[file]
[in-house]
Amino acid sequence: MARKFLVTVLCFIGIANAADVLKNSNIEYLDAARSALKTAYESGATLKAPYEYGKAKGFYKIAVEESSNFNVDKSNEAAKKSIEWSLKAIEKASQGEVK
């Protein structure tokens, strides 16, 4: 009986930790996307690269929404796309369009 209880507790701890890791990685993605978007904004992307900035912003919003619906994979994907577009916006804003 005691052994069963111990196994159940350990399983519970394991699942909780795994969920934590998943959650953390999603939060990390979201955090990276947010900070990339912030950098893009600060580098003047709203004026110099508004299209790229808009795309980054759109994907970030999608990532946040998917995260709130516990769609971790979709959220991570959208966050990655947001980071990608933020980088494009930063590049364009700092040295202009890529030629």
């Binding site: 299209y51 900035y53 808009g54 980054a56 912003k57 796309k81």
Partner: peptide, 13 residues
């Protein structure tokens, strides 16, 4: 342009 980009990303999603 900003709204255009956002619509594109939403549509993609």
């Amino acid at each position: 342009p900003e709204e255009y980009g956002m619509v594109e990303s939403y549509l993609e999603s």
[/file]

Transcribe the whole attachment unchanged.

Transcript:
[in-house]
Amino acid sequence: MARKFLVTVLCFIGIANAADVLKNSNIEYLDAARSALKTAYESGATLKAPYEYGKAKGFYKIAVEESSNFNVDKSNEAAKKSIEWSLKAIEKASQGEVK
């Protein structure tokens, strides 16, 4: 009986930790996307690269929404796309369009 209880507790701890890791990685993605978007904004992307900035912003919003619906994979994907577009916006804003 005691052994069963111990196994159940350990399983519970394991699942909780795994969920934590998943959650953390999603939060990390979201955090990276947010900070990339912030950098893009600060580098003047709203004026110099508004299209790229808009795309980054759109994907970030999608990532946040998917995260709130516990769609971790979709959220991570959208966050990655947001980071990608933020980088494009930063590049364009700092040295202009890529030629």
């Binding site: 299209y51 900035y53 808009g54 980054a56 912003k57 796309k81």
Partner: peptide, 13 residues
């Protein structure tokens, strides 16, 4: 342009 980009990303999603 900003709204255009956002619509594109939403549509993609």
């Amino acid at each position: 342009p900003e709204e255009y980009g956002m619509v594109e990303s939403y549509l993609e999603s």